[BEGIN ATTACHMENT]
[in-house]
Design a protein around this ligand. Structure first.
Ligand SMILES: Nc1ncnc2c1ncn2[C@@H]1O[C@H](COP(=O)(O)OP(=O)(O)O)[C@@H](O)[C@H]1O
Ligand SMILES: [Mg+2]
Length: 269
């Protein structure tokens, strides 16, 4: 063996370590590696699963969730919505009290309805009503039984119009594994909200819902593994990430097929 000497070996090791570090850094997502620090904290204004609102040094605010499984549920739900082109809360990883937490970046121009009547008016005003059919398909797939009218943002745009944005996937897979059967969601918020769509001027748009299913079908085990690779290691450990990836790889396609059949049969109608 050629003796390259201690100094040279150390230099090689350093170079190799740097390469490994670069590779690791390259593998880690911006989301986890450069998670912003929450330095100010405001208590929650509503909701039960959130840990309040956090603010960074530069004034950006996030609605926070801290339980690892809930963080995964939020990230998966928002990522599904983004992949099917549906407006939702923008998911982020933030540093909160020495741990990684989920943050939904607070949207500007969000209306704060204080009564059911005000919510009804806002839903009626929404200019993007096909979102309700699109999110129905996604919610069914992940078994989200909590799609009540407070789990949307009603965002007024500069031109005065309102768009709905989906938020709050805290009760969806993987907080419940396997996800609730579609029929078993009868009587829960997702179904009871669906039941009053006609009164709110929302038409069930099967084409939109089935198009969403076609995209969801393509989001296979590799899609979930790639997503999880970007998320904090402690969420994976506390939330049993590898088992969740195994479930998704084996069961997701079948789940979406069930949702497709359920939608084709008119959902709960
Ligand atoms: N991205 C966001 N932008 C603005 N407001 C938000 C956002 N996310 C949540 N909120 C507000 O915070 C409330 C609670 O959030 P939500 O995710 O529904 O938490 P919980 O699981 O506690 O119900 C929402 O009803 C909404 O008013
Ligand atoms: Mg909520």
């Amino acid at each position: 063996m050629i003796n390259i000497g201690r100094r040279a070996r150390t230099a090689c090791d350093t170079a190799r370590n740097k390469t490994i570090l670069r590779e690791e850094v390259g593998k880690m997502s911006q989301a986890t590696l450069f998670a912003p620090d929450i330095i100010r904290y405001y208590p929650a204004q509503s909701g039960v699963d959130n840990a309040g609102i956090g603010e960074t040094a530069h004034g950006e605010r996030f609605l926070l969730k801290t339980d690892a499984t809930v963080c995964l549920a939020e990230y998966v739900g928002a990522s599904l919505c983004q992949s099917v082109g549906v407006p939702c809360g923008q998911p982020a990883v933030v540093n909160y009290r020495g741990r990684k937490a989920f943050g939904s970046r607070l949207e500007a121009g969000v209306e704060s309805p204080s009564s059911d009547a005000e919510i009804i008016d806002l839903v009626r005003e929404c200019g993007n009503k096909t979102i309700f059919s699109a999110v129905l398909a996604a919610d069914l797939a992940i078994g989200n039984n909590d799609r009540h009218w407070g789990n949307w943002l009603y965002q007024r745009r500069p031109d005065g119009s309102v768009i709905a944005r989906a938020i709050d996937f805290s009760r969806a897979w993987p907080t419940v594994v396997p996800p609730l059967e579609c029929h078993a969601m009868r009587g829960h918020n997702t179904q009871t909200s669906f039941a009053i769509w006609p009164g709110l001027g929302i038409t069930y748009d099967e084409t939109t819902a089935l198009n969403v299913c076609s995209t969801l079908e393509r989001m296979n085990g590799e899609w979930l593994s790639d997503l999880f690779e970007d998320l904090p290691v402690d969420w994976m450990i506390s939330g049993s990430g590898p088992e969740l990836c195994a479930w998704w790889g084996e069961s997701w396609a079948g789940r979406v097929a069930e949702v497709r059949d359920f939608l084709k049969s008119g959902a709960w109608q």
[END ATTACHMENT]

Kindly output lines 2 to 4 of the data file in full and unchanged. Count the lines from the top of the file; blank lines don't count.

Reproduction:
Design a protein around this ligand. Structure first.
Ligand SMILES: Nc1ncnc2c1ncn2[C@@H]1O[C@H](COP(=O)(O)OP(=O)(O)O)[C@@H](O)[C@H]1O
Ligand SMILES: [Mg+2]